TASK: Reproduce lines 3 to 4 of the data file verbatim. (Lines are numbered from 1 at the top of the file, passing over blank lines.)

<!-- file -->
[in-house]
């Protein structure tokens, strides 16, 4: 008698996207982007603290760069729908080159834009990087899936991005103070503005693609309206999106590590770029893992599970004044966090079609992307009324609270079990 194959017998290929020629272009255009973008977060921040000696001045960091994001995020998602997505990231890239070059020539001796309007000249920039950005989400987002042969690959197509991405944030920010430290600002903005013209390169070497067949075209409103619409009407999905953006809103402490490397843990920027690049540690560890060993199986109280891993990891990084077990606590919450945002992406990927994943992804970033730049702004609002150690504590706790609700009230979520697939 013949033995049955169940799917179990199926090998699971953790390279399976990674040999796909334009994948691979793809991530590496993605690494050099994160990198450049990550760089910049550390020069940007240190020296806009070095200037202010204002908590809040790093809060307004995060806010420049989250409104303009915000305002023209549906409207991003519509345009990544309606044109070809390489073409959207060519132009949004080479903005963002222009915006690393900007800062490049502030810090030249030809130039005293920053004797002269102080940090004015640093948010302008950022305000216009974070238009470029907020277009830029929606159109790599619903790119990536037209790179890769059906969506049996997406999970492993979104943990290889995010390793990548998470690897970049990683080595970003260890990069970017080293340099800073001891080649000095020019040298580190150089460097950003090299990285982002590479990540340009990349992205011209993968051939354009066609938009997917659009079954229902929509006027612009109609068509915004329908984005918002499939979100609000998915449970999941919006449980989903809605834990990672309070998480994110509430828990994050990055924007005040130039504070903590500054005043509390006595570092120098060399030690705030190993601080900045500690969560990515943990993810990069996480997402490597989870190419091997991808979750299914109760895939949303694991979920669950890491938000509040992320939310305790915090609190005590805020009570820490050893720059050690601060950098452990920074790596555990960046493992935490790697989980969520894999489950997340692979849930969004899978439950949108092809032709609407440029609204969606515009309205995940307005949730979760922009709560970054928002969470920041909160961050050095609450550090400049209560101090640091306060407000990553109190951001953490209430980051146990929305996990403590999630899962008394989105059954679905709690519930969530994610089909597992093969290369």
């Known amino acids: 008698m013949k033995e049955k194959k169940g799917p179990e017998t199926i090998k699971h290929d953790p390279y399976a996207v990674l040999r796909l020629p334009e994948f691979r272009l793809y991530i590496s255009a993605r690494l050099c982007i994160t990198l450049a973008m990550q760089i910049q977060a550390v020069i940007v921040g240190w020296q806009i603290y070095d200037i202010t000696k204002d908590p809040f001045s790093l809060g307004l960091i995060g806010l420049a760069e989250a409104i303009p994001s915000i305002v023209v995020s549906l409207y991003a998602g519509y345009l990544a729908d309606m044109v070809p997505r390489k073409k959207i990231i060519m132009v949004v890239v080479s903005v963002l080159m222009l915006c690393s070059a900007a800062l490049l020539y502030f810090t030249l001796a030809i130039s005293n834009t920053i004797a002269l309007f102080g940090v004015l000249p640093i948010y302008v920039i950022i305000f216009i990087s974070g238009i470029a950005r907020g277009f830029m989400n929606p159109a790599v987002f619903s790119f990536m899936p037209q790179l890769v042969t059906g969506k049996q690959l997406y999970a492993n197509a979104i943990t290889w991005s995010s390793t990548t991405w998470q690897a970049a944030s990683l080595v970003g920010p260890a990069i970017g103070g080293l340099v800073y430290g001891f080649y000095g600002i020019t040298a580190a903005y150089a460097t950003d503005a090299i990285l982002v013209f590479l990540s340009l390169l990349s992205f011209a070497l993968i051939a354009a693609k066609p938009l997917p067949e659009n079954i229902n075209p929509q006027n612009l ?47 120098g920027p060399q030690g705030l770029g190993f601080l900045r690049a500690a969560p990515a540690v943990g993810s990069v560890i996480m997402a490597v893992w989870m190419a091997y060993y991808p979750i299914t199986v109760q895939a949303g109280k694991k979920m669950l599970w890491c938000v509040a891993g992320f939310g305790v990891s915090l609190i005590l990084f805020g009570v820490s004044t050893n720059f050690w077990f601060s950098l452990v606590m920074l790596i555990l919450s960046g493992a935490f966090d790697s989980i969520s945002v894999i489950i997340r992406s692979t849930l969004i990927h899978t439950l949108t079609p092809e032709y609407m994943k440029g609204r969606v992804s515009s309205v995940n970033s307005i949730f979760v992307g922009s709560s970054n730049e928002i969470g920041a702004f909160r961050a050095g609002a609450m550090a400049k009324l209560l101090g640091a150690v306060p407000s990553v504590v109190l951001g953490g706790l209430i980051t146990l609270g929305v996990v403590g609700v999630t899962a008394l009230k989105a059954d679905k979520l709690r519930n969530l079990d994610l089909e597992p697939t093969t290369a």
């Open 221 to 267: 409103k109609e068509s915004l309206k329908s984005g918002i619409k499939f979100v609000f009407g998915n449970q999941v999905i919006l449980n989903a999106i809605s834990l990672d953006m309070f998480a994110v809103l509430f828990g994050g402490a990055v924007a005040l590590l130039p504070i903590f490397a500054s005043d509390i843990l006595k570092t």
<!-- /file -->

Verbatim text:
């Known amino acids: 008698m013949k033995e049955k194959k169940g799917p179990e017998t199926i090998k699971h290929d953790p390279y399976a996207v990674l040999r796909l020629p334009e994948f691979r272009l793809y991530i590496s255009a993605r690494l050099c982007i994160t990198l450049a973008m990550q760089i910049q977060a550390v020069i940007v921040g240190w020296q806009i603290y070095d200037i202010t000696k204002d908590p809040f001045s790093l809060g307004l960091i995060g806010l420049a760069e989250a409104i303009p994001s915000i305002v023209v995020s549906l409207y991003a998602g519509y345009l990544a729908d309606m044109v070809p997505r390489k073409k959207i990231i060519m132009v949004v890239v080479s903005v963002l080159m222009l915006c690393s070059a900007a800062l490049l020539y502030f810090t030249l001796a030809i130039s005293n834009t920053i004797a002269l309007f102080g940090v004015l000249p640093i948010y302008v920039i950022i305000f216009i990087s974070g238009i470029a950005r907020g277009f830029m989400n929606p159109a790599v987002f619903s790119f990536m899936p037209q790179l890769v042969t059906g969506k049996q690959l997406y999970a492993n197509a979104i943990t290889w991005s995010s390793t990548t991405w998470q690897a970049a944030s990683l080595v970003g920010p260890a990069i970017g103070g080293l340099v800073y430290g001891f080649y000095g600002i020019t040298a580190a903005y150089a460097t950003d503005a090299i990285l982002v013209f590479l990540s340009l390169l990349s992205f011209a070497l993968i051939a354009a693609k066609p938009l997917p067949e659009n079954i229902n075209p929509q006027n612009l ?47 120098g920027p060399q030690g705030l770029g190993f601080l900045r690049a500690a969560p990515a540690v943990g993810s990069v560890i996480m997402a490597v893992w989870m190419a091997y060993y991808p979750i299914t199986v109760q895939a949303g109280k694991k979920m669950l599970w890491c938000v509040a891993g992320f939310g305790v990891s915090l609190i005590l990084f805020g009570v820490s004044t050893n720059f050690w077990f601060s950098l452990v606590m920074l790596i555990l919450s960046g493992a935490f966090d790697s989980i969520s945002v894999i489950i997340r992406s692979t849930l969004i990927h899978t439950l949108t079609p092809e032709y609407m994943k440029g609204r969606v992804s515009s309205v995940n970033s307005i949730f979760v992307g922009s709560s970054n730049e928002i969470g920041a702004f909160r961050a050095g609002a609450m550090a400049k009324l209560l101090g640091a150690v306060p407000s990553v504590v109190l951001g953490g706790l209430i980051t146990l609270g929305v996990v403590g609700v999630t899962a008394l009230k989105a059954d679905k979520l709690r519930n969530l079990d994610l089909e597992p697939t093969t290369a």
């Open 221 to 267: 409103k109609e068509s915004l309206k329908s984005g918002i619409k499939f979100v609000f009407g998915n449970q999941v999905i919006l449980n989903a999106i809605s834990l990672d953006m309070f998480a994110v809103l509430f828990g994050g402490a990055v924007a005040l590590l130039p504070i903590f490397a500054s005043d509390i843990l006595k570092t």